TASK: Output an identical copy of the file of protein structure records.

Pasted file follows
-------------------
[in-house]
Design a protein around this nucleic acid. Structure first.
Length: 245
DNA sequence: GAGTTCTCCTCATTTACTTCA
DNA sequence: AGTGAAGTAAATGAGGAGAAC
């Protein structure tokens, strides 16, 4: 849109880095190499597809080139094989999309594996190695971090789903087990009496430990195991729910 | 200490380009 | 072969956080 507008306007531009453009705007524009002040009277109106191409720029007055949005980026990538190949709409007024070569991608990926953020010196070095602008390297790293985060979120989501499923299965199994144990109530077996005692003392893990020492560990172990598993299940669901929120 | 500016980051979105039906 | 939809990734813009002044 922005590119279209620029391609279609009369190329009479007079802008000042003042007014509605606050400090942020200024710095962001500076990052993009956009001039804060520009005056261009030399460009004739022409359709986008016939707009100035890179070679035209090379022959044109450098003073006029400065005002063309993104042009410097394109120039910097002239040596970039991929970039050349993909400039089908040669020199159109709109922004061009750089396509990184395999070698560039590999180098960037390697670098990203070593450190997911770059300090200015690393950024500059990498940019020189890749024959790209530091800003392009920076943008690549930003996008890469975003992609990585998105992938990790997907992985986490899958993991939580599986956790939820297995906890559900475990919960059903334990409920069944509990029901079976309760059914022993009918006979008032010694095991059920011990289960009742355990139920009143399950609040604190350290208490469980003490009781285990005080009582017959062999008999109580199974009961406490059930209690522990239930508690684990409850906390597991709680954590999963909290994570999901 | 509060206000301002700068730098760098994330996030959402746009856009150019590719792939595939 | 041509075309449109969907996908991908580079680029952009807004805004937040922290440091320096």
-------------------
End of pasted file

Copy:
[in-house]
Design a protein around this nucleic acid. Structure first.
Length: 245
DNA sequence: GAGTTCTCCTCATTTACTTCA
DNA sequence: AGTGAAGTAAATGAGGAGAAC
């Protein structure tokens, strides 16, 4: 849109880095190499597809080139094989999309594996190695971090789903087990009496430990195991729910 | 200490380009 | 072969956080 507008306007531009453009705007524009002040009277109106191409720029007055949005980026990538190949709409007024070569991608990926953020010196070095602008390297790293985060979120989501499923299965199994144990109530077996005692003392893990020492560990172990598993299940669901929120 | 500016980051979105039906 | 939809990734813009002044 922005590119279209620029391609279609009369190329009479007079802008000042003042007014509605606050400090942020200024710095962001500076990052993009956009001039804060520009005056261009030399460009004739022409359709986008016939707009100035890179070679035209090379022959044109450098003073006029400065005002063309993104042009410097394109120039910097002239040596970039991929970039050349993909400039089908040669020199159109709109922004061009750089396509990184395999070698560039590999180098960037390697670098990203070593450190997911770059300090200015690393950024500059990498940019020189890749024959790209530091800003392009920076943008690549930003996008890469975003992609990585998105992938990790997907992985986490899958993991939580599986956790939820297995906890559900475990919960059903334990409920069944509990029901079976309760059914022993009918006979008032010694095991059920011990289960009742355990139920009143399950609040604190350290208490469980003490009781285990005080009582017959062999008999109580199974009961406490059930209690522990239930508690684990409850906390597991709680954590999963909290994570999901 | 509060206000301002700068730098760098994330996030959402746009856009150019590719792939595939 | 041509075309449109969907996908991908580079680029952009807004805004937040922290440091320096």